With global warming, the runoff of water constituting part of the water resource is becoming less and less predictable, making the management of freshwater resources more complex, especially for regions that depend heavily on snowmelt.
While simulations carried out by Météo France for France, for example, show an increase in soil droughts throughout the 21st century due to global warming, for other regions of the world the forecasts may differ. A study in the Proceedings of the National Academy of Sciences by the National Center for Atmospheric Research in the United States shows that forecasts for regions of the Northern Hemisphere that rely heavily on snowfall are likely to be dominated by a lack of predictability in water resources.
This includes regions that will continue to receive about the same amount of precipitation, as stream flow is expected to become more variable and unpredictable. One of the study’s co-authors, Will Wieder, points out that water management systems in these regions are based on the predictability of snowpack and runoff. Much of that predictability could be lost with global warming.
Researchers have long warned of the thinning and early melting of snowpack under climate change, with precipitation more often taking the form of rain than snow. Snowmelt also occurs in winter, in a more random fashion, making water runoff and stream flow more random as well. The regions most affected are expected to be the Rocky Mountains, where the amount of water in the snowpack could decrease by about 80%, the Canadian Arctic, eastern North America and Eastern Europe.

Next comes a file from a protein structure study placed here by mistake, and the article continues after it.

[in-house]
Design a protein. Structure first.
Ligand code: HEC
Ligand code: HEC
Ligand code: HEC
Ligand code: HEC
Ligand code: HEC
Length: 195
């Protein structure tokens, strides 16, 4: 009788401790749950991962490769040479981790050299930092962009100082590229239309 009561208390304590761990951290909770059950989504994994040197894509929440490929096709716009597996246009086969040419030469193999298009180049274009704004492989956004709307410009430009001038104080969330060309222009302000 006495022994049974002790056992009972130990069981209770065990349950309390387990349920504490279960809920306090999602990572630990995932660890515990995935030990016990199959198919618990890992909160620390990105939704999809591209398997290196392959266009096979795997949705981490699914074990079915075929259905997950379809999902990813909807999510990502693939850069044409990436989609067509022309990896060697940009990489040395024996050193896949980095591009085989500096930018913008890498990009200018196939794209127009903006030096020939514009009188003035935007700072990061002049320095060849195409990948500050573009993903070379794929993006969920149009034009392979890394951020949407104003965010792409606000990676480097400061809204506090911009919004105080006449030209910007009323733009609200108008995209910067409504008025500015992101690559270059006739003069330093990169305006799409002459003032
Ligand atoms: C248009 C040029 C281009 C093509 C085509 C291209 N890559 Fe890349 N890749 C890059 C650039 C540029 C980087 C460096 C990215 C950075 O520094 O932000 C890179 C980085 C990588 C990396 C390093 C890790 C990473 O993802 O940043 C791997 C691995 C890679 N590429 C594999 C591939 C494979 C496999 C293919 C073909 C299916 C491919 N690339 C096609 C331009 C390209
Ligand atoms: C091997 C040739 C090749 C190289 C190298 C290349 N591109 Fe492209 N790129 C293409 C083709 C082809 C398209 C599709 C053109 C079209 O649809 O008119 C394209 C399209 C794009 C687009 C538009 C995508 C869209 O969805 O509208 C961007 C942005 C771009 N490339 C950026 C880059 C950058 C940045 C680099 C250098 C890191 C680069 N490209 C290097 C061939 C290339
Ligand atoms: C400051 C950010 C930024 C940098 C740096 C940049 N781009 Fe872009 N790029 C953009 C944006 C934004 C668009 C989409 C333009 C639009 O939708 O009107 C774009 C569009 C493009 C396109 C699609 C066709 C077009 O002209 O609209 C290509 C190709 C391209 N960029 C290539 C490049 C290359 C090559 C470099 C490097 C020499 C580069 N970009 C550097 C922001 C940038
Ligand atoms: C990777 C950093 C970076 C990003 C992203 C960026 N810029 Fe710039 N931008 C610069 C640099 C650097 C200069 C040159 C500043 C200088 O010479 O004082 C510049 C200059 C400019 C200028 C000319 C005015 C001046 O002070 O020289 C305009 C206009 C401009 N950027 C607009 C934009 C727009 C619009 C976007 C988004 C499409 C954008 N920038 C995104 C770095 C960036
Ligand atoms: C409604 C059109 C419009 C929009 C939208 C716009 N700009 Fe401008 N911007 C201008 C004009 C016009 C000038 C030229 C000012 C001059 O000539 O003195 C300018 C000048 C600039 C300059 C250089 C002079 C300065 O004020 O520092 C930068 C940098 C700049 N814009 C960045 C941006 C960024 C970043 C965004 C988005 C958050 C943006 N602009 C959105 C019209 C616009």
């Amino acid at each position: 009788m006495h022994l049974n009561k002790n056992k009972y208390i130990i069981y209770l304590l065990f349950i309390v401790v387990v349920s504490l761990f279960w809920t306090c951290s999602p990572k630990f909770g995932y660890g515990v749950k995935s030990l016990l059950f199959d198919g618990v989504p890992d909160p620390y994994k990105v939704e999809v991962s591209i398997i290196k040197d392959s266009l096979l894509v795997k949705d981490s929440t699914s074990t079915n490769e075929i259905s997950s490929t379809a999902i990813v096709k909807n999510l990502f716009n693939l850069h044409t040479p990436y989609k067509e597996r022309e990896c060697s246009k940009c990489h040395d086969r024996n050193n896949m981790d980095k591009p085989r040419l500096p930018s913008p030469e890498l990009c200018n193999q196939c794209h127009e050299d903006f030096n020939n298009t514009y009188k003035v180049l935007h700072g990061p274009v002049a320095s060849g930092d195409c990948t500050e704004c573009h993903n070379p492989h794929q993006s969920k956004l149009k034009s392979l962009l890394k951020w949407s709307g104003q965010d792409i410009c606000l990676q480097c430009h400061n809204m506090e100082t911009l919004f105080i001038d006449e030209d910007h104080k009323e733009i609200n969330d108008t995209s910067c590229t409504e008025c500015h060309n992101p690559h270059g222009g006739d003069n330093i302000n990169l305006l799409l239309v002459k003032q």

This evolution could greatly complicate the management of freshwater resources, both for ecosystems and for human use. Professor Flavio Lehner of Cornell University in Ithaca explains that efforts to improve predictive models are being derailed by the rapid disappearance of the best ally, snow.
He considers that this may be a race that is being lost, but scientists are trying to regain the advantage by studying these subjects better. The observations made confirm the importance of the water resource and the fact that it should be preserved. At the same time, efforts to reduce greenhouse gas emissions should be able to avoid the most damaging consequences for the snowpack, runoff and ecosystems.